Furthermore, as there are existing Regions in place, a test-bed program can be set up at Regional or even Facility level which allows limited or widespread adoption.

This corrects the issue with Oversight & Accountability, but does not address the major symptoms of Administration which appears to be the most prominent issue arising currently.

For that, a better method of hand-off needs to occur between the Department of Defense (DoD et al) and the DeptVA. As it stands, both systems currently use independent and separate systems, which are funneled through the National Archives & Records Administrations Branch. This is a major flaw in the system. This is the logjam between the two Departments. To address this, there must be a multi-phase approach to records management.

The first phase is recognizing that we are currently using an inefficient and outdated transfer system to get medical documentation from one system to another, as it stands, when a Service Member leaves the Military their Medical Records (Medical & Dental) is transferred to the National Archives system, and then it must be transferred back to the Veterans Health Administration (VHA) before it can be utilized. This is an unnecessary step in the modern era of medical record keeping.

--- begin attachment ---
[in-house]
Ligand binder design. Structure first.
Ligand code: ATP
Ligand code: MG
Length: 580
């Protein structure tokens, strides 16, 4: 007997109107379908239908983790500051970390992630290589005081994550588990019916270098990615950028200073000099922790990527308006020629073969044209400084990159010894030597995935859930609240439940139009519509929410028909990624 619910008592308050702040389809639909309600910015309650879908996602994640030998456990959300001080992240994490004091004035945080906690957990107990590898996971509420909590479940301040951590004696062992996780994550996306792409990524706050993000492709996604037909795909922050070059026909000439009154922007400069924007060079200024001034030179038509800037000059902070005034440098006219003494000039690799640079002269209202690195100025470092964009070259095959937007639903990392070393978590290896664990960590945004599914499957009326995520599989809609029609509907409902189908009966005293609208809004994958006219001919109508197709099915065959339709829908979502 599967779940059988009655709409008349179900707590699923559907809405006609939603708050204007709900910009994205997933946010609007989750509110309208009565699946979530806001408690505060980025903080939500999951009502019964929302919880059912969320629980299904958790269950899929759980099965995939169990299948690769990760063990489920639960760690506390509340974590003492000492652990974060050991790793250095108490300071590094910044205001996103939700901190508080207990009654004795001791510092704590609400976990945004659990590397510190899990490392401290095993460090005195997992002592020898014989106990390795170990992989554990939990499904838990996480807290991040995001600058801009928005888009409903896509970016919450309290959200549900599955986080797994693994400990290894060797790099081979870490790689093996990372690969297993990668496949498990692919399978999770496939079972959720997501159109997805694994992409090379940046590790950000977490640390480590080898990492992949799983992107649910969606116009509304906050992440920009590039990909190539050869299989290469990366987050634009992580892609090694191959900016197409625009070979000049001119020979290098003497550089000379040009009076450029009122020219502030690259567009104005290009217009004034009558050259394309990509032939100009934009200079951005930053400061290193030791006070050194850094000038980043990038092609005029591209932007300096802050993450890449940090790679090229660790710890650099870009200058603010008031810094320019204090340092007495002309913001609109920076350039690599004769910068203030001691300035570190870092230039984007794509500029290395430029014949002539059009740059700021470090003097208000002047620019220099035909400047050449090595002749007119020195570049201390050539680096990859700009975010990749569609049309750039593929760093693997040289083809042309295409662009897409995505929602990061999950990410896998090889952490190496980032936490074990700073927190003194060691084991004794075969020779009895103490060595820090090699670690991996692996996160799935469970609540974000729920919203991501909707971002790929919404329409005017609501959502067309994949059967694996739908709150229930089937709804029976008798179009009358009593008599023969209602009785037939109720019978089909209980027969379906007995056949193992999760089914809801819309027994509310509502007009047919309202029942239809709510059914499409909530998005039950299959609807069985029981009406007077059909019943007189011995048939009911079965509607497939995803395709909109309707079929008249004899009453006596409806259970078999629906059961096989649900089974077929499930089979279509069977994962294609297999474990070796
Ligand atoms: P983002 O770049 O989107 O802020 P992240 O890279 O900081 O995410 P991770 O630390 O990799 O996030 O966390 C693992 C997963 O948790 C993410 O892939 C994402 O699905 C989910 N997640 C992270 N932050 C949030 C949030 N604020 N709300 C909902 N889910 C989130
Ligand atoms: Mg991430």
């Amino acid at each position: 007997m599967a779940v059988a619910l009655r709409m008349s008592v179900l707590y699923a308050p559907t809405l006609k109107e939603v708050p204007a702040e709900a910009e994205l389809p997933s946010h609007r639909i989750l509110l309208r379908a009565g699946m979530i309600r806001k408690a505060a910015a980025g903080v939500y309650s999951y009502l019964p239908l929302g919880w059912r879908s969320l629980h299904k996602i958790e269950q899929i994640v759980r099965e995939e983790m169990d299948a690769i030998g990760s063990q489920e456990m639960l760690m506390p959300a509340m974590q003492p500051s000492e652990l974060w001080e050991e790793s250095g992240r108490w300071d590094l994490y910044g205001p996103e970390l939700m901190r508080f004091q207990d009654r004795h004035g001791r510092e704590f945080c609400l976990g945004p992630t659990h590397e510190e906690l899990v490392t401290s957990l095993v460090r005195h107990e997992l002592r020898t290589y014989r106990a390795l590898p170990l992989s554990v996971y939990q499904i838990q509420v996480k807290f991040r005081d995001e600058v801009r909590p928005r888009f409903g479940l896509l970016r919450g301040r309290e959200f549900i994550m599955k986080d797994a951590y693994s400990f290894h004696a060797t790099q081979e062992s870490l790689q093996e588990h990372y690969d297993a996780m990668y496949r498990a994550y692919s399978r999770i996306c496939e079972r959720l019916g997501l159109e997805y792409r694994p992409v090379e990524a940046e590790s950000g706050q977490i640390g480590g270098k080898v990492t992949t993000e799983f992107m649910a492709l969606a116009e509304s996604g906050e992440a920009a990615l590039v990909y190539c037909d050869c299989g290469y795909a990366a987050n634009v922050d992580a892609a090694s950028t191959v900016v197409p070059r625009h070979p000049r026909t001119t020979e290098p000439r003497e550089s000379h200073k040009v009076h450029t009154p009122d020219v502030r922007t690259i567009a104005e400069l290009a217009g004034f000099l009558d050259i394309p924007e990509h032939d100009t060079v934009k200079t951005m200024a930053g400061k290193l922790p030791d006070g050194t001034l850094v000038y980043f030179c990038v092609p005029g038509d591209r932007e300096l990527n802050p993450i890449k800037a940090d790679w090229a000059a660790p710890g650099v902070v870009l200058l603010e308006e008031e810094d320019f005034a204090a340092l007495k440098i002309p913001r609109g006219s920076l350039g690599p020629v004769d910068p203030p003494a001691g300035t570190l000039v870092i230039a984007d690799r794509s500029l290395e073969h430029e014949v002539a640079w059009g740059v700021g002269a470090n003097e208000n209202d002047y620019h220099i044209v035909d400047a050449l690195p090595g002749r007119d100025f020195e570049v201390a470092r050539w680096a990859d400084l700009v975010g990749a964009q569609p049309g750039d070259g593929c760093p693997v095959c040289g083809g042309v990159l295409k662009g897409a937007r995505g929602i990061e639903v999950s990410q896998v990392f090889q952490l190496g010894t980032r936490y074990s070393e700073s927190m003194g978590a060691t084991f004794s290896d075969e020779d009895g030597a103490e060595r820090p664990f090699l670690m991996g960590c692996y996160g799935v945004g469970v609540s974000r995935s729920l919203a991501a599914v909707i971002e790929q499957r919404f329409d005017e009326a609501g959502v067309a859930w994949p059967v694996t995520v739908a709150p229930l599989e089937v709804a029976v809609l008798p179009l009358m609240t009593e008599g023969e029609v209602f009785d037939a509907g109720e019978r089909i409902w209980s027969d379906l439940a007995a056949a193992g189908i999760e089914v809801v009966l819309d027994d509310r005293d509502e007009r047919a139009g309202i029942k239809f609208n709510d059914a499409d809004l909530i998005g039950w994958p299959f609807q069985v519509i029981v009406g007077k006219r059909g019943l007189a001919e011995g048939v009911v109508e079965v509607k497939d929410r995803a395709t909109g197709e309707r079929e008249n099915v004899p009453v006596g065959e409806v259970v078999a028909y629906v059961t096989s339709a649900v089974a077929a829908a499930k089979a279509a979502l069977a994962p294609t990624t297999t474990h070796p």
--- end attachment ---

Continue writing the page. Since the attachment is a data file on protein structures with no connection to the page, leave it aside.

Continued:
Therefore, the first step must be in weaning off the current system of using the National Archives for Veterans transferring to the DeptVA. Rather than having all medical records go through a centralized process (National Archives), it should be decentralized based on location of ETS/EAS/Retirement. Upon exodus from military, the service members’ medical & dental records go to the closest medical facility (or Regional Office) to their final duty station. This would not affect the Service Record Book transition to the National Archive System.

Although the long-term goal is having a fully electronic record tracking system, this will reduce general administrative burden at onset of process, saving both time & money. As veterans’ records become “inactive” (Death of Veteran or Predetermined amount of time), the records can be shifted to the National Archives for final storage (as opposed to initial storage). This turns them into historical documents, as opposed to medical records.

Note: As an example, someone EASing from MCB Quantico would have their Medical Files transferred to DC Medical Center until it is needed by another location, at which point normal Medical transfer procedures will occur, just like in the civilian world.